A national interest strategy, including national service, is our best path to security.
The current global polycrisis — a cascade of entangled emergencies like climate change and energy security, pandemics and global supply chains — is not only stretching our world but the very notion of what constitutes security and the national interest.
The reality of today’s world is that when sorrows come they come not only in battalions.
And while some of the aftershocks of the COVID-19 pandemic may be easing the same cannot be said of the cascading consequences of the climate emergency. They are just beginning, for Australians and for all.
Meanwhile, other threats to social cohesion, democratic institutions and the multicultural identity of modern Australia may be down but certainly not out: terrorism, racism and conspiracism keep our security agencies very worried indeed.
It’s high time for a national security strategy or more precisely a national interest strategy. Several respected voices are making a similar call.
This could look at how to integrate security with other vital dimensions of the national interest — prosperity, cohesion, sustainability – and with principles of Australian identity: equity, inclusion, dignity and democracy. It should take a long view focused on how these goals can reinforce one another.
For instance, world-class educational opportunities for Australians should be an overwhelming national priority: whether the fundamentals of STEM or the newest technologies, critical thinking and civics or understanding our Asia-centric region of the Indo-Pacific in a changing world. Education is the most profound intergenerational investment we can make in true security.
A national interest strategy should also be about preparedness for what we know will be a disruptive and confronting future. We don’t know what tribulations will come, but we know they will.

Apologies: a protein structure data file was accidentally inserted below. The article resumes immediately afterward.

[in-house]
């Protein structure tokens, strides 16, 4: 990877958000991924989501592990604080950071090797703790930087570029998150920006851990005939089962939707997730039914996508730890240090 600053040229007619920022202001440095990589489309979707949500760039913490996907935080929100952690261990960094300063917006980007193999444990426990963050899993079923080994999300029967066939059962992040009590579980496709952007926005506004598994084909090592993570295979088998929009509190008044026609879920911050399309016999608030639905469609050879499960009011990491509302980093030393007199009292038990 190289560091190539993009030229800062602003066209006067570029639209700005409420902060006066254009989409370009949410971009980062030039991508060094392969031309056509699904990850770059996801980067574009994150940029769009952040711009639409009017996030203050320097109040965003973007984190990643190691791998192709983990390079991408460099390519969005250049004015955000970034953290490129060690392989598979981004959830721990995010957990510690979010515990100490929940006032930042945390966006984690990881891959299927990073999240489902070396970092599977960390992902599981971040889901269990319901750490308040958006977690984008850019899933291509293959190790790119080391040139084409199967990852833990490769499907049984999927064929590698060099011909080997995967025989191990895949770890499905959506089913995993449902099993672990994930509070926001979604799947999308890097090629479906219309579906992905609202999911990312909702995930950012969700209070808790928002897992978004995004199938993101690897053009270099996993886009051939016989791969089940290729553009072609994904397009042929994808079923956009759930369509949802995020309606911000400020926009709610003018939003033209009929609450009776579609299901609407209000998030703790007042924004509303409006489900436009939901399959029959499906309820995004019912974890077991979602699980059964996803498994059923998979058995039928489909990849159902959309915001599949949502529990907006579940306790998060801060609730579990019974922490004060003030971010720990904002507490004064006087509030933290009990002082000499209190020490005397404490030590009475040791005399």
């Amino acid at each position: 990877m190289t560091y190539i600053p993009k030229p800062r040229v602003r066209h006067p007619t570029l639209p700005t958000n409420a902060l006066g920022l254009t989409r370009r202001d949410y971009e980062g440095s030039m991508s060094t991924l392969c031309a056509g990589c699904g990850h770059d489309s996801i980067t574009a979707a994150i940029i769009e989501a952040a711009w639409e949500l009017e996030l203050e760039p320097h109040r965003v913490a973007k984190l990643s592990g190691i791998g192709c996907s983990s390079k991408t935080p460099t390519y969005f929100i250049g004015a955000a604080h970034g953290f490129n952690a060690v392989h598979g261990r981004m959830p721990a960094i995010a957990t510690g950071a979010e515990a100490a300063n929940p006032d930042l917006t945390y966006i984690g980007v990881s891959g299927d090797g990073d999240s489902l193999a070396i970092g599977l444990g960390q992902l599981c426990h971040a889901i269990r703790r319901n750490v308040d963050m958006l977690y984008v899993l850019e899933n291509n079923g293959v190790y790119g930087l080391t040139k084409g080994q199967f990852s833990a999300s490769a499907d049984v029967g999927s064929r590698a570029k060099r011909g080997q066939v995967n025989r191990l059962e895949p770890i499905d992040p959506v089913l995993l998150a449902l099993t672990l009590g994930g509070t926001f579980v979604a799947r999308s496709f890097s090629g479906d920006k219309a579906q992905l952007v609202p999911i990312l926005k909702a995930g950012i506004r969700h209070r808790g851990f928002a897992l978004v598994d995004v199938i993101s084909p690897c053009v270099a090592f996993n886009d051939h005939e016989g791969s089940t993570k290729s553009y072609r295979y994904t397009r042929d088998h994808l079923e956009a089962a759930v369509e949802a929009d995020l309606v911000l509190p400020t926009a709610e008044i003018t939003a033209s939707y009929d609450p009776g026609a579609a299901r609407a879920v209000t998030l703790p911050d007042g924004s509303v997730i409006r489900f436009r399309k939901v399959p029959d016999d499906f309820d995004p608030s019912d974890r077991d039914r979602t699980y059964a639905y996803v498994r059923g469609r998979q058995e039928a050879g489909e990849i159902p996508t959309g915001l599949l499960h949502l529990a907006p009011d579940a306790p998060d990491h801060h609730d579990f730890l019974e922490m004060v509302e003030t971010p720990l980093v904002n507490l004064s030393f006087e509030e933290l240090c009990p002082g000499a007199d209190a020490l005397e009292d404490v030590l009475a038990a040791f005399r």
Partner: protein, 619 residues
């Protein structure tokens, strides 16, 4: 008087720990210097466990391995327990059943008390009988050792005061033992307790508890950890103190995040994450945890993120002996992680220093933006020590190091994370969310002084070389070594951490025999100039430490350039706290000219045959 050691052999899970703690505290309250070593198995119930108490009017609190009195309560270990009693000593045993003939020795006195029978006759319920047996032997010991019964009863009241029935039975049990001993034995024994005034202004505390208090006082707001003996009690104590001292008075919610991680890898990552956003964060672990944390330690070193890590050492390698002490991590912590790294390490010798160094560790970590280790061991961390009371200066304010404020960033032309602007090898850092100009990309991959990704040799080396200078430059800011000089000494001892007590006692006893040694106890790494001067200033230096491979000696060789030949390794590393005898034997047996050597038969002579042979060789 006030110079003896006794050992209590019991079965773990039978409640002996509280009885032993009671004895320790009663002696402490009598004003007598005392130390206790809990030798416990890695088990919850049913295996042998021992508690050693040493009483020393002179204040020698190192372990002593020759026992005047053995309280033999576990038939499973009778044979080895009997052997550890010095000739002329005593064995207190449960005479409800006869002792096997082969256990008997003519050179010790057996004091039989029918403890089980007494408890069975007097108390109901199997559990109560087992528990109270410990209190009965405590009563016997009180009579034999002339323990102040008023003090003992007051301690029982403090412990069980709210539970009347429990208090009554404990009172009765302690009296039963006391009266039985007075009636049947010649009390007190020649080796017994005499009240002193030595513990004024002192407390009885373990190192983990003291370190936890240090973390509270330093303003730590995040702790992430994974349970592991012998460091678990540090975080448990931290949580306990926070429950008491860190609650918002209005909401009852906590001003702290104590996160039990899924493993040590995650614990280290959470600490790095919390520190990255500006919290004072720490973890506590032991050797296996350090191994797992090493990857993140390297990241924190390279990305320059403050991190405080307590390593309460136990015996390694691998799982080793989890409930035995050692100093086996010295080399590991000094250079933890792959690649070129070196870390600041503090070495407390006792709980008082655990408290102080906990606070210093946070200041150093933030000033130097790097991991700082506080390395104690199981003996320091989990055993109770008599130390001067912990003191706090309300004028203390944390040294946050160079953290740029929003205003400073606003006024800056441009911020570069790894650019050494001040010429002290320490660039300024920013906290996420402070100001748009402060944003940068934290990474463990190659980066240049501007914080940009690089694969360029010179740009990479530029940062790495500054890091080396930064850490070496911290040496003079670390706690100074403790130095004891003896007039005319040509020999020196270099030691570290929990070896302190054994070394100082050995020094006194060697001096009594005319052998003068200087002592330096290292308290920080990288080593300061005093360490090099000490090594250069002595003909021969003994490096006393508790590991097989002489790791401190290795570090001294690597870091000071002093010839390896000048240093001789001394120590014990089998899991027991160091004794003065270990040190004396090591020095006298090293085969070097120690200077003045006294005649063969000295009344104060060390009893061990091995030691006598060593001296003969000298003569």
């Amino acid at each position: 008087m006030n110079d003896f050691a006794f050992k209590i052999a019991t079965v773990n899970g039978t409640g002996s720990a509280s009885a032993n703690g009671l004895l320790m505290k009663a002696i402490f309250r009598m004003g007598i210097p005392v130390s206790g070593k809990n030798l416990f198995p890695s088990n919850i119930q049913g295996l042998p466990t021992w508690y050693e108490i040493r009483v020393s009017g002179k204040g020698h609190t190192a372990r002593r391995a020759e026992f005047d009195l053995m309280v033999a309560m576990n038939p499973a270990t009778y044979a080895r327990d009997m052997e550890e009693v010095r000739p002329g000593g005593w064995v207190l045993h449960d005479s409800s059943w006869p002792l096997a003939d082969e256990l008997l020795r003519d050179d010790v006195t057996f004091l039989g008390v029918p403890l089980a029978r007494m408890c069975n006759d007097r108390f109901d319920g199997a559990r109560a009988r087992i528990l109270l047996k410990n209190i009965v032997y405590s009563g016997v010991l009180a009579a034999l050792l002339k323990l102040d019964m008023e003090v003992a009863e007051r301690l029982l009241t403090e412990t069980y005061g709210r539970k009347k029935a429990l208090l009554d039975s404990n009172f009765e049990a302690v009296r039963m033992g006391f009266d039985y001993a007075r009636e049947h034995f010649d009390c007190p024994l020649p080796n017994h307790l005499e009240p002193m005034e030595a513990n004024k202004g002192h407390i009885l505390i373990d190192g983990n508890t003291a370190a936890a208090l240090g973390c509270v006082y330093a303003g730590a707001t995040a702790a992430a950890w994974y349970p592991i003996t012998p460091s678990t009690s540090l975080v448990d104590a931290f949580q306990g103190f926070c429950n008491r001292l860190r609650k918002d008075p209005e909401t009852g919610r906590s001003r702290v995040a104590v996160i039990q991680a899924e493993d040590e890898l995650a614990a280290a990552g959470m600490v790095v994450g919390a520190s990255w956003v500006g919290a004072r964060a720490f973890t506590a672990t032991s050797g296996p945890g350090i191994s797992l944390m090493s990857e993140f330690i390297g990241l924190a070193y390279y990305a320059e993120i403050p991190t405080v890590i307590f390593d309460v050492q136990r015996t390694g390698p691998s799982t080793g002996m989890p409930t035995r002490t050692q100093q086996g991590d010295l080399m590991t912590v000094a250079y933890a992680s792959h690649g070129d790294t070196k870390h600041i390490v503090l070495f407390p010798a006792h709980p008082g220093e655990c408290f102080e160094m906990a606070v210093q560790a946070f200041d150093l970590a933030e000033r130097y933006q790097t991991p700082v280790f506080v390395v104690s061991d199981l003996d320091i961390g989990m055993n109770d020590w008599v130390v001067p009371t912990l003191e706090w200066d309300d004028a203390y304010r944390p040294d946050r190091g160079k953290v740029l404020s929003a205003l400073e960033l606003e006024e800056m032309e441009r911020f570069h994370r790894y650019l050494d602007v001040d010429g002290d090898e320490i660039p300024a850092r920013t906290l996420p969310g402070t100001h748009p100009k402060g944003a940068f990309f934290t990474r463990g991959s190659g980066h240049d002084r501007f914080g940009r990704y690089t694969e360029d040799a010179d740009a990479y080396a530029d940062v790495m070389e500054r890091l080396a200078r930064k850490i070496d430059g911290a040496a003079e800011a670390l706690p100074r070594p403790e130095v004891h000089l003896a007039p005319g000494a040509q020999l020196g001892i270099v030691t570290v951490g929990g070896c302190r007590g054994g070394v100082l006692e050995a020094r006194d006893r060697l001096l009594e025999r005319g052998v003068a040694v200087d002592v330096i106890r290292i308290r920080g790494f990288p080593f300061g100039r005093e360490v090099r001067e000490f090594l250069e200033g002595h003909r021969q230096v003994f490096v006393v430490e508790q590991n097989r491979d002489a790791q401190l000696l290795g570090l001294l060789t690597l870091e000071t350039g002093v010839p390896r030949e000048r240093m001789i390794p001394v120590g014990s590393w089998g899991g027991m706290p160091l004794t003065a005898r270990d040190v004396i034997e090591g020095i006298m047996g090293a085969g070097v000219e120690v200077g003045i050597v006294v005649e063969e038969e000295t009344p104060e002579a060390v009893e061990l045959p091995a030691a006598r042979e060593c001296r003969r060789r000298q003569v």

The true value of a strategy would be a narrative for leadership to ready the whole nation — across political lines, federal borders, the private sector and into our diverse civil society — for the tough decisions they will need to share. It’s about preparing our people for testing times.
The Australian people are witnessing a world of disruption — COVID, climate, great power tension and now military aggression — and they deserve an honest national conversation about what it means for their security.
Within the next decade, Australia will not credibly be able to provide for its security without radical changes to our thinking about whose job it is.
That means more open communication about this new world of risks and our national choices.
We need a national narrative that reflects the rights and responsibilities of all parts of this country — business, states and territories, and everyday Australians — in working together for making this country secure, now and for the generations ahead.